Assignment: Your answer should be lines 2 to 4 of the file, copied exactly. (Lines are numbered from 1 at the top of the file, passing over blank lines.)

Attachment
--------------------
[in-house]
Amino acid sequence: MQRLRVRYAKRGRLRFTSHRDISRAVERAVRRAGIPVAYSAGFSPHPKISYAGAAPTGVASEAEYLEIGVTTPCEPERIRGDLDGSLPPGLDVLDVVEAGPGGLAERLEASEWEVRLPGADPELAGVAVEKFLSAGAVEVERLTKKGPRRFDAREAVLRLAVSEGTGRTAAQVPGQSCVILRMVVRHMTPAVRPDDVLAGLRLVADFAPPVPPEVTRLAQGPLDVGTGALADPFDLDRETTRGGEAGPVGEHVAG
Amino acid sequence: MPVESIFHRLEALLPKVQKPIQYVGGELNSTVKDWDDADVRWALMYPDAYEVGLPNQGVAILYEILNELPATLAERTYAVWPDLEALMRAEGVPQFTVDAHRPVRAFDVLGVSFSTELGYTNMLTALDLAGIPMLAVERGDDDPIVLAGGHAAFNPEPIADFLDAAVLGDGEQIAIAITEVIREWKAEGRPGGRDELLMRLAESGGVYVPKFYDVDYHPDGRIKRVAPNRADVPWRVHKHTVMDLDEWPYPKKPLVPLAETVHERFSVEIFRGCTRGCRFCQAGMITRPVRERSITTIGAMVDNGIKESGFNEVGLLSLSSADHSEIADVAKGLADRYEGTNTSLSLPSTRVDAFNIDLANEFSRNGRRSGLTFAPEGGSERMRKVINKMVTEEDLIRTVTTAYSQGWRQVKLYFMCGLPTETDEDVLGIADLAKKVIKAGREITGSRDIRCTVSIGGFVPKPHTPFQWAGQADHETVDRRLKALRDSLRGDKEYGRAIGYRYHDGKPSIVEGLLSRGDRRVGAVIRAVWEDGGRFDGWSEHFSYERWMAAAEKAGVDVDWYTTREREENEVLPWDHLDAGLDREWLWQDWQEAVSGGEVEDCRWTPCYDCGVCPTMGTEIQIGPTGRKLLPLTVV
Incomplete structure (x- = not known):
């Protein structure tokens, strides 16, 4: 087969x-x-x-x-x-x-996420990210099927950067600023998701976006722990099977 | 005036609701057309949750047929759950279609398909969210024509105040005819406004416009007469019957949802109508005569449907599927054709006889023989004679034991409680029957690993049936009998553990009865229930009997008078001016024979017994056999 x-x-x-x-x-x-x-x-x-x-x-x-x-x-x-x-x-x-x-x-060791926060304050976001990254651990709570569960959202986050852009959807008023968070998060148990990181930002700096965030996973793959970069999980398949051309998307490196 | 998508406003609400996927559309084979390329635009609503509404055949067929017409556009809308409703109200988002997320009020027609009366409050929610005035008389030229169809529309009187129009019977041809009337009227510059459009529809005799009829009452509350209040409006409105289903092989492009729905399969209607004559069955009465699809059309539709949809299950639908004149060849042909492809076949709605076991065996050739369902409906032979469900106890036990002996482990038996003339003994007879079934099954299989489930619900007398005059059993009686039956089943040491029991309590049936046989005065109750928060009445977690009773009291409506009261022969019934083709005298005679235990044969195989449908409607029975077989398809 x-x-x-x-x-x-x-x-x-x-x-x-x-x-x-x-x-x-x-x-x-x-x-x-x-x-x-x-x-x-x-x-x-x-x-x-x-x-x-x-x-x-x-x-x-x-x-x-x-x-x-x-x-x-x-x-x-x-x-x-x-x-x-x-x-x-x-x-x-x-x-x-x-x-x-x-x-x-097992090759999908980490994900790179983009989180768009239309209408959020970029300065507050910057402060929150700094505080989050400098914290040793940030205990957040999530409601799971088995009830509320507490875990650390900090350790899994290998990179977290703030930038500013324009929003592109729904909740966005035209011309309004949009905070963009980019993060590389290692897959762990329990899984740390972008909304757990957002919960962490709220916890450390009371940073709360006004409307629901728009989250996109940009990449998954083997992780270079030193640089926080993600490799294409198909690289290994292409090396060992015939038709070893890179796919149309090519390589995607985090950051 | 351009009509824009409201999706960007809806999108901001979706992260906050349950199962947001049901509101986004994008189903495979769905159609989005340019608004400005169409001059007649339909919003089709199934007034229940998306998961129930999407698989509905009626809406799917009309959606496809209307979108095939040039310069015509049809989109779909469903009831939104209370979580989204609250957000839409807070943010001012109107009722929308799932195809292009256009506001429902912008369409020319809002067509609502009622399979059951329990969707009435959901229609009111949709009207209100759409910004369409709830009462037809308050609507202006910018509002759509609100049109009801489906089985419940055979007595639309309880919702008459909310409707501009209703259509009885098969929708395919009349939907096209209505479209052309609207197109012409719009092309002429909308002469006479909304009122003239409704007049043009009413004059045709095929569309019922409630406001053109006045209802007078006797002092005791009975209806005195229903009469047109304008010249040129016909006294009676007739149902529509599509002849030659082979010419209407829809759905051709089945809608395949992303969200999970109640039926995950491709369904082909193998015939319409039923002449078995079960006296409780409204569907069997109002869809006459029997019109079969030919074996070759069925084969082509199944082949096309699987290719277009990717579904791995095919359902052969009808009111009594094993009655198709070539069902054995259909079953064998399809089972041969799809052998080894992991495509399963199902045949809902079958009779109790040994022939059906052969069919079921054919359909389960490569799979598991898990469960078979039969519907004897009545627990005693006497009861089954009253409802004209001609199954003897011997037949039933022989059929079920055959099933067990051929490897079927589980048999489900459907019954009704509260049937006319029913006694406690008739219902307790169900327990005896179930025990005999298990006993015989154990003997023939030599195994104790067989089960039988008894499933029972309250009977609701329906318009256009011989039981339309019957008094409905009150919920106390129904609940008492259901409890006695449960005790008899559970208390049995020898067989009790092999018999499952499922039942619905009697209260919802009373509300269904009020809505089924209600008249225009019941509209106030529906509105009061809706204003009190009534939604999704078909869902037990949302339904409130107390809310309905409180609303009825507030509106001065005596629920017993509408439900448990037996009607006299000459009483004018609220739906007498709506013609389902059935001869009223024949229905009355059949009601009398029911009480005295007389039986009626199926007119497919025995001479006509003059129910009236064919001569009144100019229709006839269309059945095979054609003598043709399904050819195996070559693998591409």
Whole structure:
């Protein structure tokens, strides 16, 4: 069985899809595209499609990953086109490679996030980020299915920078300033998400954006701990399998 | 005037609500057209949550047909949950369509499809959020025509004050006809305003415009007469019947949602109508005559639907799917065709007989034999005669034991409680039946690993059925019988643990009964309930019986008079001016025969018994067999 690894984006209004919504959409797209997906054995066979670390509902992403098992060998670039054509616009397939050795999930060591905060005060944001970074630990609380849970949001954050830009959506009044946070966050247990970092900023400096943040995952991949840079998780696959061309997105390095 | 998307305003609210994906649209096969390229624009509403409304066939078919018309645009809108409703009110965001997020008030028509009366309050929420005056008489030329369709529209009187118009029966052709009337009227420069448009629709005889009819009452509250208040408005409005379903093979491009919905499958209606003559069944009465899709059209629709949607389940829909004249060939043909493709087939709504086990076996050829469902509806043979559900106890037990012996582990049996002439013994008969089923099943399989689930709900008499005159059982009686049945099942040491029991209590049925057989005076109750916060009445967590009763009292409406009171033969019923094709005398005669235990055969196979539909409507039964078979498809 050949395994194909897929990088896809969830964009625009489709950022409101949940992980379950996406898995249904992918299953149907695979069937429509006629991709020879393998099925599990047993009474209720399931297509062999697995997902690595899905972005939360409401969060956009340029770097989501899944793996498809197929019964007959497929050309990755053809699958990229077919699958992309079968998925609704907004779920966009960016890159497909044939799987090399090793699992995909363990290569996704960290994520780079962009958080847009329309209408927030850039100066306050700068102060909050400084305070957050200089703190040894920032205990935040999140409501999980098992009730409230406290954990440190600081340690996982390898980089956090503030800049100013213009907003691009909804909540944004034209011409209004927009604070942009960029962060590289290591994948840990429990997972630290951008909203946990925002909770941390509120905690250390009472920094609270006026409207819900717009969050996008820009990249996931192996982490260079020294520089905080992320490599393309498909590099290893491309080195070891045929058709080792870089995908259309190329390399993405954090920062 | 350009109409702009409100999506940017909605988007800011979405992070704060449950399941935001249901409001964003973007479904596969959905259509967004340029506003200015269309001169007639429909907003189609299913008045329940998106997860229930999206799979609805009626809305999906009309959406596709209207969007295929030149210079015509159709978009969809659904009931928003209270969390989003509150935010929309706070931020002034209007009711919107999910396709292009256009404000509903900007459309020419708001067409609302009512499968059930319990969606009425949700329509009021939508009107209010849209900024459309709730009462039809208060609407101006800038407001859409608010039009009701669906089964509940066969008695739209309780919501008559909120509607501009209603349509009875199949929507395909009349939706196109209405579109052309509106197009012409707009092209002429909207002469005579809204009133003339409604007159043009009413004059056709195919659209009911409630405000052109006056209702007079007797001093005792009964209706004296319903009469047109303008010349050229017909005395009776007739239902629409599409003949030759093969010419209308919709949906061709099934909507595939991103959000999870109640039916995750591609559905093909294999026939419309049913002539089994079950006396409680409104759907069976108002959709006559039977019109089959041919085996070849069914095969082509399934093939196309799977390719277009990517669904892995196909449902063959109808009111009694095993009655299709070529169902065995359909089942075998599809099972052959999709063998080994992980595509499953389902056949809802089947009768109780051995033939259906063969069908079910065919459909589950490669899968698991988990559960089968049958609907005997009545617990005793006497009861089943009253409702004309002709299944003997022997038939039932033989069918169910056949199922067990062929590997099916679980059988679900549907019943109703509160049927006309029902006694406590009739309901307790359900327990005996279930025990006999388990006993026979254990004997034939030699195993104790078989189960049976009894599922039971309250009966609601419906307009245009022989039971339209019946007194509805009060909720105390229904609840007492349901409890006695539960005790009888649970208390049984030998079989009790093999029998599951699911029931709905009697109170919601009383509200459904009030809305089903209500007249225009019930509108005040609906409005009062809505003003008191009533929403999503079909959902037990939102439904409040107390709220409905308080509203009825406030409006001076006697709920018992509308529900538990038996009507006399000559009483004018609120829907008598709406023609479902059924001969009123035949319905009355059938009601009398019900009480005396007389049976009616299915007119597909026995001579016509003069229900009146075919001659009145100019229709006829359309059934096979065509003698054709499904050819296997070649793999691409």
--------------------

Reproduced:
Amino acid sequence: MQRLRVRYAKRGRLRFTSHRDISRAVERAVRRAGIPVAYSAGFSPHPKISYAGAAPTGVASEAEYLEIGVTTPCEPERIRGDLDGSLPPGLDVLDVVEAGPGGLAERLEASEWEVRLPGADPELAGVAVEKFLSAGAVEVERLTKKGPRRFDAREAVLRLAVSEGTGRTAAQVPGQSCVILRMVVRHMTPAVRPDDVLAGLRLVADFAPPVPPEVTRLAQGPLDVGTGALADPFDLDRETTRGGEAGPVGEHVAG
Amino acid sequence: MPVESIFHRLEALLPKVQKPIQYVGGELNSTVKDWDDADVRWALMYPDAYEVGLPNQGVAILYEILNELPATLAERTYAVWPDLEALMRAEGVPQFTVDAHRPVRAFDVLGVSFSTELGYTNMLTALDLAGIPMLAVERGDDDPIVLAGGHAAFNPEPIADFLDAAVLGDGEQIAIAITEVIREWKAEGRPGGRDELLMRLAESGGVYVPKFYDVDYHPDGRIKRVAPNRADVPWRVHKHTVMDLDEWPYPKKPLVPLAETVHERFSVEIFRGCTRGCRFCQAGMITRPVRERSITTIGAMVDNGIKESGFNEVGLLSLSSADHSEIADVAKGLADRYEGTNTSLSLPSTRVDAFNIDLANEFSRNGRRSGLTFAPEGGSERMRKVINKMVTEEDLIRTVTTAYSQGWRQVKLYFMCGLPTETDEDVLGIADLAKKVIKAGREITGSRDIRCTVSIGGFVPKPHTPFQWAGQADHETVDRRLKALRDSLRGDKEYGRAIGYRYHDGKPSIVEGLLSRGDRRVGAVIRAVWEDGGRFDGWSEHFSYERWMAAAEKAGVDVDWYTTREREENEVLPWDHLDAGLDREWLWQDWQEAVSGGEVEDCRWTPCYDCGVCPTMGTEIQIGPTGRKLLPLTVV
Incomplete structure (x- = not known):